Remember how I mentioned that you’ll need a long-term strategy? Well, that’s because small excuses won’t work your entire life. Eventually, people are going to catch on that you’ve stopped drinking, and might ask why directly. Or, you might just get sick and tired of repeating these same deflections, and you’ll want them to stop asking for good.

Taking responsibility for your abstinence is a huge step forward in your recovery.

Plus, and maybe the most important part, taking responsibility for your abstinence is a huge step forward in your recovery.

Respond to drink requests by saying, “No, thank you. I don’t drink.”

The sentence is simple, direct, and doesn’t leave room for additional conversation. You most likely won’t get any more questions from acquaintances, but your closest friends and family members may persist. If they ask why, remember that you have every right to protect your personal information while still answering truthfully. You can say, “Yeah, I stopped drinking. I didn’t like how it made me feel.” Period. End of story. If anyone asks, “Are you an alcoholic?” you decide how you want to respond. Some people will feel comfortable saying yes. If that’s not you, know this is fine too. Just reiterate that you were tired of not feeling healthy while drinking, and your decision is final.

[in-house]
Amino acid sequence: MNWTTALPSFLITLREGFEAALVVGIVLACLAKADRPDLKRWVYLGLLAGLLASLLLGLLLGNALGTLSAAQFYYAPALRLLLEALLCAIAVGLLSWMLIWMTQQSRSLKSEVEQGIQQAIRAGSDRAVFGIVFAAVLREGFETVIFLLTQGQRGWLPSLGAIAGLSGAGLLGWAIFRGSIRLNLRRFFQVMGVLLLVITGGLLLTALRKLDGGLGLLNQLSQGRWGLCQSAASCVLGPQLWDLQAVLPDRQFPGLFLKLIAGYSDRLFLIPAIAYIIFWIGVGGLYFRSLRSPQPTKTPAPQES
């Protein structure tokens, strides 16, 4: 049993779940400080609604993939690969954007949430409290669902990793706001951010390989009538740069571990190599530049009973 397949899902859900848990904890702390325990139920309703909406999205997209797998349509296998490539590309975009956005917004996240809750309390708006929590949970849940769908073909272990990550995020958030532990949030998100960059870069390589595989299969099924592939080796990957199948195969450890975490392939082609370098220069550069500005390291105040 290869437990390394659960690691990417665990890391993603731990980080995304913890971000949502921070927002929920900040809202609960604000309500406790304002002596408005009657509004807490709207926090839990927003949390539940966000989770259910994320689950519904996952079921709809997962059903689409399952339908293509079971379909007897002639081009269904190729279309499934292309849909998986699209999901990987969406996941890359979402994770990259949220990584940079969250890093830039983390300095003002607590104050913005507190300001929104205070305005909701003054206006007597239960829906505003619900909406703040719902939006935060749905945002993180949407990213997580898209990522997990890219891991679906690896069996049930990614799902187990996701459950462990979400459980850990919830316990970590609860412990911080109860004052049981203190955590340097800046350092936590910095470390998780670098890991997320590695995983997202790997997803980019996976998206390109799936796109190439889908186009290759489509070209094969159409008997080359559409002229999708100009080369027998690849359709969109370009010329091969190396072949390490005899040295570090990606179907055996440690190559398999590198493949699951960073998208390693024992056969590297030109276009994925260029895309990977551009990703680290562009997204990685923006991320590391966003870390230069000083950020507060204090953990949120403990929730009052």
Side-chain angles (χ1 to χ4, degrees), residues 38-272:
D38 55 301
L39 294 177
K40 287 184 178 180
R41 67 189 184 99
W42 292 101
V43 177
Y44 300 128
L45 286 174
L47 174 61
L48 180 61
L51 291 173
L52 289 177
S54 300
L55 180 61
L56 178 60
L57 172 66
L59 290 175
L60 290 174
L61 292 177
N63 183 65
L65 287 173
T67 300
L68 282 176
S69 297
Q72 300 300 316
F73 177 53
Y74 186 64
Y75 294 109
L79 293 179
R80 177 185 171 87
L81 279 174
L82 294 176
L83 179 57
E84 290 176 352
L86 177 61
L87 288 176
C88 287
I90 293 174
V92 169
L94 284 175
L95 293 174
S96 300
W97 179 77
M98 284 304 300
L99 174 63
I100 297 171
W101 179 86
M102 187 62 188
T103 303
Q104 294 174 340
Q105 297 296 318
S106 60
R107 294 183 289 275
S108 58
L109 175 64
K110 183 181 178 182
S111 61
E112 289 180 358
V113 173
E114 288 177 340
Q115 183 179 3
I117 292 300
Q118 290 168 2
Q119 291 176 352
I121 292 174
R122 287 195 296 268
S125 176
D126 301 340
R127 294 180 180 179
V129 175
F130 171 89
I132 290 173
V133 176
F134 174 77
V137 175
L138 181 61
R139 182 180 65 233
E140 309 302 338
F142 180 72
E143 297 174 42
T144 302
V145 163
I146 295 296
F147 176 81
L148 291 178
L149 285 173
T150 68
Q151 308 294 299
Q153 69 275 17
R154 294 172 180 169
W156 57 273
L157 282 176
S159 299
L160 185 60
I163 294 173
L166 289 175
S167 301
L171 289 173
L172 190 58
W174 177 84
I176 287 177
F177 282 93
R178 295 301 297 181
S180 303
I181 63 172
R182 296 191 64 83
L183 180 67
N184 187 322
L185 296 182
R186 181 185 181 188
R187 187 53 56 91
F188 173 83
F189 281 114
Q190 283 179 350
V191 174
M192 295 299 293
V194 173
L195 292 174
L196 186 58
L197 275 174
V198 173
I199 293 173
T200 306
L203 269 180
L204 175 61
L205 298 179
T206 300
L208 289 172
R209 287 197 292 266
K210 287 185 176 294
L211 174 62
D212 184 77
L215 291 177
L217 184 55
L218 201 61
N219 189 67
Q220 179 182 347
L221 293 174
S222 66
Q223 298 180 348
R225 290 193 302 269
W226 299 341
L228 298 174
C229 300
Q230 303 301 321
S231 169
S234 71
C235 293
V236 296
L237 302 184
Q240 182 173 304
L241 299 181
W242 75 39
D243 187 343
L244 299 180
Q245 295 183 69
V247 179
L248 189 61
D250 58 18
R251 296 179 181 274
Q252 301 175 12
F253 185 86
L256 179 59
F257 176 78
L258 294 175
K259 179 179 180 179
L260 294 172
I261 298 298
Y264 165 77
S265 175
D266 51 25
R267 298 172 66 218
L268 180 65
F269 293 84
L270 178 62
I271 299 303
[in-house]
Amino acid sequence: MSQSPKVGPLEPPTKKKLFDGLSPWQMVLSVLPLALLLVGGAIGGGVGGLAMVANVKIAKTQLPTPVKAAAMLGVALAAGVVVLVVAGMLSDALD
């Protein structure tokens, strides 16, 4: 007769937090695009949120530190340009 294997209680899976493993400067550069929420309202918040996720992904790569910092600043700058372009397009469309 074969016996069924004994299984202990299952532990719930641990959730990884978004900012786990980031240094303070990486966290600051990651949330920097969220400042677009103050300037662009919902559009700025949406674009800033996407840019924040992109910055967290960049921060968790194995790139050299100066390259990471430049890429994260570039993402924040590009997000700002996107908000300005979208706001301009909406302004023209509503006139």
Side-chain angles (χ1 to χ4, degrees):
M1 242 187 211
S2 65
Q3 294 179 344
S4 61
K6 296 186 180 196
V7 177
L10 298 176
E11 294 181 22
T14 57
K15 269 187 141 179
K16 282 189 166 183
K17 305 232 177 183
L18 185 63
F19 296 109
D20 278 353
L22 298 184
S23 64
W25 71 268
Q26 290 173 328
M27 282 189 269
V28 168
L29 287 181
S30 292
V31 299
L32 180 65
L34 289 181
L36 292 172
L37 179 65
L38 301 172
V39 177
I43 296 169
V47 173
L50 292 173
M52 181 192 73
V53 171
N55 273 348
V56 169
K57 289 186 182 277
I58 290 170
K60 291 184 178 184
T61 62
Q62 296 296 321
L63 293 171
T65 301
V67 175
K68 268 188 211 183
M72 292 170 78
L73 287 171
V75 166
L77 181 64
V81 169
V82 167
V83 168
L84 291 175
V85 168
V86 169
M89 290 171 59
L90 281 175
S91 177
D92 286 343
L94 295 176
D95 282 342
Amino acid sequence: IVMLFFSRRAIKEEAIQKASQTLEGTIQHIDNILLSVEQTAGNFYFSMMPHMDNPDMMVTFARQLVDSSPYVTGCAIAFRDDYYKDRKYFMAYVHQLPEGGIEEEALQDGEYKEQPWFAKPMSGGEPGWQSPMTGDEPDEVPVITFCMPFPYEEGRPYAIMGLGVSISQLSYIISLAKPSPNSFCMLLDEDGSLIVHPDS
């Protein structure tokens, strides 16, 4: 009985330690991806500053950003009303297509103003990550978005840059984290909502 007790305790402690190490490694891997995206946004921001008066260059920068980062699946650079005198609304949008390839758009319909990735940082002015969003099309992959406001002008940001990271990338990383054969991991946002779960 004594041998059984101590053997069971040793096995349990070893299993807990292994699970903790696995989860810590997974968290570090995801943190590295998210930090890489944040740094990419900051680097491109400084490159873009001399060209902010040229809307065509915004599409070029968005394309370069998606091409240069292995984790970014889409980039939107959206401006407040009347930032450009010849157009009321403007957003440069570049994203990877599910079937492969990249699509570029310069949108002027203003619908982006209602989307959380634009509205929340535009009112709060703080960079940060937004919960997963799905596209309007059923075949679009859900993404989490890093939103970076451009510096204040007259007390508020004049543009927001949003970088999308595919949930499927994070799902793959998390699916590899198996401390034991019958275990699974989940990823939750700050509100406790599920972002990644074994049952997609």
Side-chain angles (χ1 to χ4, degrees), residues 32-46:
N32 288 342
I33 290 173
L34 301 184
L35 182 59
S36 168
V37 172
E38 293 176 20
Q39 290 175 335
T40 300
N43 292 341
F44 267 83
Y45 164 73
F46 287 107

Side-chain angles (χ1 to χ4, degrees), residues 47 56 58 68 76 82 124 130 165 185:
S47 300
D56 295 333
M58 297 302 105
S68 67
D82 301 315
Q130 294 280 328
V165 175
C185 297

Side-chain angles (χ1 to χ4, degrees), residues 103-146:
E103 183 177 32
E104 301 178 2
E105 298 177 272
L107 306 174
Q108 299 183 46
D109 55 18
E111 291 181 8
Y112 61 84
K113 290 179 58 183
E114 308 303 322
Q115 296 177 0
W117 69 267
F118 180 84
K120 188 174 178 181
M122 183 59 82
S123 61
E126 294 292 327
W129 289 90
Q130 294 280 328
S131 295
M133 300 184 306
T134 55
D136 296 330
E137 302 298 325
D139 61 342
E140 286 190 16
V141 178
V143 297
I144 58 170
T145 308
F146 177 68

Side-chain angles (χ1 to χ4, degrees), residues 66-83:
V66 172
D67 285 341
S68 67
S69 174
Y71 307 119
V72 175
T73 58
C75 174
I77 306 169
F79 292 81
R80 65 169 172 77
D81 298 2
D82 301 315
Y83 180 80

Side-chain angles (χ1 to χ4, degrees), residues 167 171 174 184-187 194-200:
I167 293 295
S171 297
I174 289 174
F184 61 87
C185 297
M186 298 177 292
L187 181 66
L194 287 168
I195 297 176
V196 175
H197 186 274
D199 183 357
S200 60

But it’s not just how you handle these conversations that are important, it’s how you process the events yourself. Being newly in recovery, these parties will be difficult for you to process. Champagne toasts, open bars, and celebratory shots are all triggers. Now is a great time to build a support system and lean on them if necessary. If you’re in AA attend additional meetings.

If not, schedule more therapy sessions. If it’s too soon to attend, don’t hesitate to RSVP that you won’t be attending. Finally, if you choose to attend, stay clear of the bar, keep yourself busy, and lean on friends who know about your sobriety.

Are you facing a problem that is being complicated by a health condition or disability? Folks’ advice columnist Erin Ollila wants to help. Email and tell us your problem.